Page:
In my heart, I want to write, to create beautiful, romantic stories that will touch the hearts of those who do read the books… by the same token, I struggle daily with the question of whether or not it’s worth the time and energy, and caring, that goes into this for me. I’m the only one who can answer that one, of course, and maybe it’ll be clear one day soon. The one driving force in all my writing was the pleasure others took in the stories, and when they were excited about what I was creating, I worked that much harder and drove myself to write the best story I could possibly dream up. I’ve even been spared the harsh reviews that most writers have to suffer, and say with complete honesty that about 90% of all my reviews are positive. That doesn’t excuse the ignorance that social media and the internet has bred with such abandon, and what I read in reviews makes me shake my head at times…
In the meantime, the question remains for me–is it time to retire? Will anyone give a damn if I never publish another word? I will…this is the one and only thing I wanted to do with my life, and until recently I believed with all I am that I could make a success of it… all I have at the moment are uncertainties, and confusion. And doubts… so many, many doubts…
At first, I had trouble believing what I was reading, because it sounded so very familiar to what I've been feeling for the past several years - and you've been considerably more successful than I have. At the same time, I can understand those feelings, again because they're so familiar. I had given up, at a time when my world was closing in so very tight around me, and all I could think was that I'd failed at everything in my life. Then, in part because of the support friends like you were giving me, and also because my mother would have been so very disappointed, I decided to try again. I joined a writers club, and I've gone back to stories I'd written in the past, to write them over. I don;t know if I'll ever be considered 'successful' as far as the professional writing world is concerned, but I enjoy writing far too much to throw it away because the publishing business is difficult. Maybe only friends will ever read the majority of what I write, but I need to keep creating, because it's a major part of who and what I am.ReplyDelete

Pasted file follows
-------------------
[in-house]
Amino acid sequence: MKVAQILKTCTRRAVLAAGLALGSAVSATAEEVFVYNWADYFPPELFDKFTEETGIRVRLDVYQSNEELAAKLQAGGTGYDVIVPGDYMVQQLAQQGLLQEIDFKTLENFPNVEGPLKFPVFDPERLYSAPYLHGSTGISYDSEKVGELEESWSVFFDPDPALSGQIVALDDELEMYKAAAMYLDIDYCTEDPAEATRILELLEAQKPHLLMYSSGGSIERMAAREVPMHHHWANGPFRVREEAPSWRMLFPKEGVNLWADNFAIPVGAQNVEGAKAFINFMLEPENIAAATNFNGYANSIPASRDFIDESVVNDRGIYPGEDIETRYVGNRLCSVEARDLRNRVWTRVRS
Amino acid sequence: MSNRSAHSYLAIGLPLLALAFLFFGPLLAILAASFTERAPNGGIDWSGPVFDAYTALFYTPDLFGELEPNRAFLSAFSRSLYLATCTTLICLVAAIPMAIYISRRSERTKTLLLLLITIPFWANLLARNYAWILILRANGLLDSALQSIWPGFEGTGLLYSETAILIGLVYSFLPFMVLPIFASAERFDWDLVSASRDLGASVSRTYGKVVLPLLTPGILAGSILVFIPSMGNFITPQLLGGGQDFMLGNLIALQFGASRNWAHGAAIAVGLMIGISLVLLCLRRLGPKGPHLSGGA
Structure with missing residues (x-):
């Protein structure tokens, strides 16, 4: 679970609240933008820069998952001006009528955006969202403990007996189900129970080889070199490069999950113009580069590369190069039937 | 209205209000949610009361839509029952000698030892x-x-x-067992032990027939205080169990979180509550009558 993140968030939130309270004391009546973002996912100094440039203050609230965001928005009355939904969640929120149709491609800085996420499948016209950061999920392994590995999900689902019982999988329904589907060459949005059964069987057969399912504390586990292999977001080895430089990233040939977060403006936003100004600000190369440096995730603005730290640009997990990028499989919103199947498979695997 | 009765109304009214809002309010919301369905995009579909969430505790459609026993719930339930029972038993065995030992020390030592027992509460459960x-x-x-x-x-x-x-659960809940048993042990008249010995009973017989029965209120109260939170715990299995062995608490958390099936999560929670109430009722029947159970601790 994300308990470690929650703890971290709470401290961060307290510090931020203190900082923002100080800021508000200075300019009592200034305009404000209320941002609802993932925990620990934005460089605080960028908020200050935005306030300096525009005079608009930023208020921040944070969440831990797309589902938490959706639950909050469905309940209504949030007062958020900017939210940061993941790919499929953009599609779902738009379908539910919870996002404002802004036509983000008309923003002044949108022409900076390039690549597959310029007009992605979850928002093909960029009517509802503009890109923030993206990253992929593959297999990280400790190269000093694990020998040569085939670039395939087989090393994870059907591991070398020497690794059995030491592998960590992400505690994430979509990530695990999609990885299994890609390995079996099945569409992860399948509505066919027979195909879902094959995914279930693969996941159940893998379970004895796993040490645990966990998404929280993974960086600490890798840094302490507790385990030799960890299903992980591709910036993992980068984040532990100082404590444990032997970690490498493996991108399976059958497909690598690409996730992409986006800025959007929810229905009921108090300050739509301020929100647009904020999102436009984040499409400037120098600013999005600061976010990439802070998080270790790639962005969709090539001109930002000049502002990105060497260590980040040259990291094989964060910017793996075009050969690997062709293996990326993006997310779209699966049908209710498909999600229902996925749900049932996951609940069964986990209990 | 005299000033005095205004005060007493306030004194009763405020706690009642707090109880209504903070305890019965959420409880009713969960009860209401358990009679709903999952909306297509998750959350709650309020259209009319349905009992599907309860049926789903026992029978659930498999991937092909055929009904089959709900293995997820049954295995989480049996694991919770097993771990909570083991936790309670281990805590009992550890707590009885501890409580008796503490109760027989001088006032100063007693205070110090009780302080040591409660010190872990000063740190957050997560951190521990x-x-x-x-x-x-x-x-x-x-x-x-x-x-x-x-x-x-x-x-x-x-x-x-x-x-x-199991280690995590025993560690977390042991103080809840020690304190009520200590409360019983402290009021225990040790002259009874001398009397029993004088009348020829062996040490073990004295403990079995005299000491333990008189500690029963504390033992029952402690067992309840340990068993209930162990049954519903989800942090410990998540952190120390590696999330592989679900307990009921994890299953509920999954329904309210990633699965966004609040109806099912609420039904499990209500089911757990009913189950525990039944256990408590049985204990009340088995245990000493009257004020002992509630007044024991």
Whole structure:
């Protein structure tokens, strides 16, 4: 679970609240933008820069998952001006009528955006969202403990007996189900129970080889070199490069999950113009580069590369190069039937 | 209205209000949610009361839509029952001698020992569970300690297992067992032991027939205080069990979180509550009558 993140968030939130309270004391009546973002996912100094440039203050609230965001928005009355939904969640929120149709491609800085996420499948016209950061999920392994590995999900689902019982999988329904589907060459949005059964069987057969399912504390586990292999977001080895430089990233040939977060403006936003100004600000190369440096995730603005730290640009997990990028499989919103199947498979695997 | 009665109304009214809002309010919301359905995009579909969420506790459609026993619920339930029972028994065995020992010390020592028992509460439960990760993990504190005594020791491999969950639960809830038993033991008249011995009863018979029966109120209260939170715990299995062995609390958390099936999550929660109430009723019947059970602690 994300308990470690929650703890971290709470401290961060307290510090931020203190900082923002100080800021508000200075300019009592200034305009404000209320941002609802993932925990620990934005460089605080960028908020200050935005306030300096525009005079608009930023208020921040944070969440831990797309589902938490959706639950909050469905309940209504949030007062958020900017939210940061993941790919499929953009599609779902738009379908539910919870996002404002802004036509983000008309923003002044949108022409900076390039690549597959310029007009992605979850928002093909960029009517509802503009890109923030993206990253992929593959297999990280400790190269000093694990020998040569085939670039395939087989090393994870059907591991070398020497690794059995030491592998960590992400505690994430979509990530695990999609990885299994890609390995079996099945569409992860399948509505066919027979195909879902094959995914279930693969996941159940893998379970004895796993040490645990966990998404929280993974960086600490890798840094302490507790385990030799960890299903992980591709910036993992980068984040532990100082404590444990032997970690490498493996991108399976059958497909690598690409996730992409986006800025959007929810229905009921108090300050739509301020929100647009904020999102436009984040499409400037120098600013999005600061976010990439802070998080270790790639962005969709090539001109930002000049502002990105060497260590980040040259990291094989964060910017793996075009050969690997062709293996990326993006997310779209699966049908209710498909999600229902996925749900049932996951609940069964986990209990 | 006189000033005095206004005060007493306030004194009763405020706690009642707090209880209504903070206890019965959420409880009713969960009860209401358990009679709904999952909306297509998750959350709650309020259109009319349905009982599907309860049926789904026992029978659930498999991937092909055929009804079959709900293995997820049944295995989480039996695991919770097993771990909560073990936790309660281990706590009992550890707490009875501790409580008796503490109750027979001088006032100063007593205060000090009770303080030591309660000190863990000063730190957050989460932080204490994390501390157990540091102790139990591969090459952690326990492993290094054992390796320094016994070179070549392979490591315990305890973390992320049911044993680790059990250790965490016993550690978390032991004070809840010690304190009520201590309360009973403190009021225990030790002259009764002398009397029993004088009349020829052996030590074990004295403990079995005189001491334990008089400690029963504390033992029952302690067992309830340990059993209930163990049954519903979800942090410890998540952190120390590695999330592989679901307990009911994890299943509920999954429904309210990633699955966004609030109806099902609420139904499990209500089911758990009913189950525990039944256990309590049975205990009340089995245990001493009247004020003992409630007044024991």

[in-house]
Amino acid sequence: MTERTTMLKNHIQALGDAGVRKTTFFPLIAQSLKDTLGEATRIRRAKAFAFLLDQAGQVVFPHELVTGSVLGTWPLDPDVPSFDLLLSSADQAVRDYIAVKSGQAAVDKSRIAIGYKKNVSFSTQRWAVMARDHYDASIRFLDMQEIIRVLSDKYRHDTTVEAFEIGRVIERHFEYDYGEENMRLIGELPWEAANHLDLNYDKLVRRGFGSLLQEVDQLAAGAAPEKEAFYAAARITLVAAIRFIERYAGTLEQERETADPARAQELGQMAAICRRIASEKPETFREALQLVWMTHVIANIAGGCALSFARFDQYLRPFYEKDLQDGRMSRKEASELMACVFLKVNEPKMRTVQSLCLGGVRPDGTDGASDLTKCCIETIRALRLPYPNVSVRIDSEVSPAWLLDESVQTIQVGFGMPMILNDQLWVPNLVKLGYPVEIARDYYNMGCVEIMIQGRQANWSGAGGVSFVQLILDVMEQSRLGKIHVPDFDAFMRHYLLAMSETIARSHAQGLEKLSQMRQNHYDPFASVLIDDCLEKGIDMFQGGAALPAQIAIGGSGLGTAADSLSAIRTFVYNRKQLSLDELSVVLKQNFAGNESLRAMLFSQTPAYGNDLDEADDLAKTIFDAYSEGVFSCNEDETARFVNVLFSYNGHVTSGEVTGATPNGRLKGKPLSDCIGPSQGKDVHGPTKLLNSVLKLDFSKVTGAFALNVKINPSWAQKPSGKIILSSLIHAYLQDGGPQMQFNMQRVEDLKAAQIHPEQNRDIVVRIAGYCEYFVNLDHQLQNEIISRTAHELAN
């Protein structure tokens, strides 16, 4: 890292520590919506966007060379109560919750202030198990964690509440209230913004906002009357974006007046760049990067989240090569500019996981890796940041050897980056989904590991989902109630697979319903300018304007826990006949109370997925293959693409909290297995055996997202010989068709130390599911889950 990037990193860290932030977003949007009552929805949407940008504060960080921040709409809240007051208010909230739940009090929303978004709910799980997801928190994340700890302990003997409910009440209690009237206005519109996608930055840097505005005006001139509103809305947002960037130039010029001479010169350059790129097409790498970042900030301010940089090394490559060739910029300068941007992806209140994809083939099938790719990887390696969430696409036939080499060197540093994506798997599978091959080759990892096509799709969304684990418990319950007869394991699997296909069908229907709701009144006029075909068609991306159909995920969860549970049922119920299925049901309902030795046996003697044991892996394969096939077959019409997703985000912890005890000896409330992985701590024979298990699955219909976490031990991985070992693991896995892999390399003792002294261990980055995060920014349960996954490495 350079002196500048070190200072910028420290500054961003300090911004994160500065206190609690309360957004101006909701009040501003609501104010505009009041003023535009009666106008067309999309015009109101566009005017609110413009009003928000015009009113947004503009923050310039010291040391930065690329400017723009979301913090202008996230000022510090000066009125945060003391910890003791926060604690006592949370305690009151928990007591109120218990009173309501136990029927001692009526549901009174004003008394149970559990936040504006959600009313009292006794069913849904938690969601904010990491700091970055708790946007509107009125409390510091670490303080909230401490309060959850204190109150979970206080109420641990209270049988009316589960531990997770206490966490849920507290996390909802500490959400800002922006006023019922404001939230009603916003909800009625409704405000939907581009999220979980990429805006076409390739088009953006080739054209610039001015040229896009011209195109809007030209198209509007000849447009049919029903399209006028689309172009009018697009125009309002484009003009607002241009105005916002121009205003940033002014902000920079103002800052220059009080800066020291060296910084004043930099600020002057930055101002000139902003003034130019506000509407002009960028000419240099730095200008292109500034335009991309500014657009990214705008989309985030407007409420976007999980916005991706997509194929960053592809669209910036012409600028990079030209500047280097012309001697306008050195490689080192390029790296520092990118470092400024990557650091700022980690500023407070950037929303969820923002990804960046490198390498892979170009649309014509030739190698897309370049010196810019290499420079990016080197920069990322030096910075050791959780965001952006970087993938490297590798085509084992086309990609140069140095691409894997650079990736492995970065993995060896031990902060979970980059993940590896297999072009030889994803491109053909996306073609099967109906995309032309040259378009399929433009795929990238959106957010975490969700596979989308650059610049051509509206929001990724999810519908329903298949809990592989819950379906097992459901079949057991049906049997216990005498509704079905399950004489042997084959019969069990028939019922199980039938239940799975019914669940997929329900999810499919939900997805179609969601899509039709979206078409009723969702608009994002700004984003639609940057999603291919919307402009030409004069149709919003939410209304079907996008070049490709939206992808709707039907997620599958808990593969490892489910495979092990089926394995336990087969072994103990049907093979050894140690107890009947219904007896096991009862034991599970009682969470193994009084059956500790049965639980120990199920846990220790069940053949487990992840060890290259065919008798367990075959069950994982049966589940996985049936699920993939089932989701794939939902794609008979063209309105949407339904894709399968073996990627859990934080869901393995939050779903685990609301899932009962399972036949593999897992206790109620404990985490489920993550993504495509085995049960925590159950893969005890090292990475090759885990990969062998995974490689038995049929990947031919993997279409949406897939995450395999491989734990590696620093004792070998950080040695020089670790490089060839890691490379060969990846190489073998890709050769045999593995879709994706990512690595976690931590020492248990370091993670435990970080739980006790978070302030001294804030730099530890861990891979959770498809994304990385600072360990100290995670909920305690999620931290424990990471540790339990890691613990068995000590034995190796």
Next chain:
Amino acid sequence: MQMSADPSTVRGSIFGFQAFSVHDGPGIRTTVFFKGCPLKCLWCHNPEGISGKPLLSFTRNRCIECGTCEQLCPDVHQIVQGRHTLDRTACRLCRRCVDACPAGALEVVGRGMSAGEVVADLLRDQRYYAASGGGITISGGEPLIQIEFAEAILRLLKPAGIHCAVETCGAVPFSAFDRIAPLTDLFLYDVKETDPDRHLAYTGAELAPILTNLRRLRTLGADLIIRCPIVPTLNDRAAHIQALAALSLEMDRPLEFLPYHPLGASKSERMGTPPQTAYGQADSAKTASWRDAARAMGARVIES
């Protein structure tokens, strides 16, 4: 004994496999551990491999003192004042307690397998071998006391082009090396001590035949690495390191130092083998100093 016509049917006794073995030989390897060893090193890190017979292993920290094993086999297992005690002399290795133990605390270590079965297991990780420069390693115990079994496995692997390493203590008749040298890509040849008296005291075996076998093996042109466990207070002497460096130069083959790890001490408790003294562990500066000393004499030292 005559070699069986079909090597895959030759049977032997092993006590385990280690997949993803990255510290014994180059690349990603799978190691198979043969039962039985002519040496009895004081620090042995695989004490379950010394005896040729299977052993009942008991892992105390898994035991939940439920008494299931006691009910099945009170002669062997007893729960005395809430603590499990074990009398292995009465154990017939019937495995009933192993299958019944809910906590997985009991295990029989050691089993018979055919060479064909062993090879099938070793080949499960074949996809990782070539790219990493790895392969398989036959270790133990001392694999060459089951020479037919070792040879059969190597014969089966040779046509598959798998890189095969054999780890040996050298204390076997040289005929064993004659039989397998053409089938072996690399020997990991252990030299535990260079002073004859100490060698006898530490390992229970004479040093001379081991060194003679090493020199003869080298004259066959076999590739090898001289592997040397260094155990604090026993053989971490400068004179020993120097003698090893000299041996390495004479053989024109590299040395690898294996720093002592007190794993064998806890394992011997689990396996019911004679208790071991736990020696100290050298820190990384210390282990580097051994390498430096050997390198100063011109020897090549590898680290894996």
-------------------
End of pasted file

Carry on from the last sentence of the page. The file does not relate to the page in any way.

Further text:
You are such a gifted writer, Denyse, and I hate the idea of you giving up, however much I do understand why you're thinking of it. Give yourself a little time off; write some little pieces of fanfic just for fun; talk about writing to friends. Hopefully, your writing spirit will come back, I certainly hope it will.
Your Friend, Roberta
All I can say is: whether you write until your fingers fall off or you never write another word, I love you and will always be your friend.ReplyDelete
I understand what you are going through. As someone who has struggled with readership under two names and tried to build a second career it is heartbreaking when you get a $2 royalty check. It's demoralizing and it makes you question yourself. But the love to write is there. In many genres...I hope you keep doing what you love. Maybe a new publisher is in order.ReplyDelete
I wish you all the best in all you do... write or not... do something that leads you to passion and happiness. I gave up teaching to sub and while I'm not getting rich, I've found a love for children who want to see a familiar face and compassionate teacher. :)ReplyDelete
You have been a beacon to me over the years, and a gracious presence online. I will support you in whatever you decide to do. You are one classy lady and I will always be a huge fan of YOU. (hugs)ReplyDelete
When I logged in and checked my email this morning, I received a LOT of response to this blog... While I very much appreciate the support and love from all of the people who've commented or written to me directly, the thing I find the saddest is how many OTHER authors are standing on the same precipice, feeling all the same uncertainties and doubts - about themselves, their talent, and their desire to continue in a business that is devaluing their work and their confidence more each day. It's tough being a mid-list author, you're successful enough that people in the business generally know you to a small extent, but you're still a nobody to the mass market buying public, and that leaves you open to all kinds of struggle as you decide whether or not you hang in there or bail on what feels like a sinking ship. I have no answers, even now I'm torn between walking away and holding on by my fingernails and hoping... Thank you to everyone who has shared their thoughts, and whatever happens, please know how much you ARE appreciated. I wish this journey was easier for us all.ReplyDelete
Love and blessings, Denysé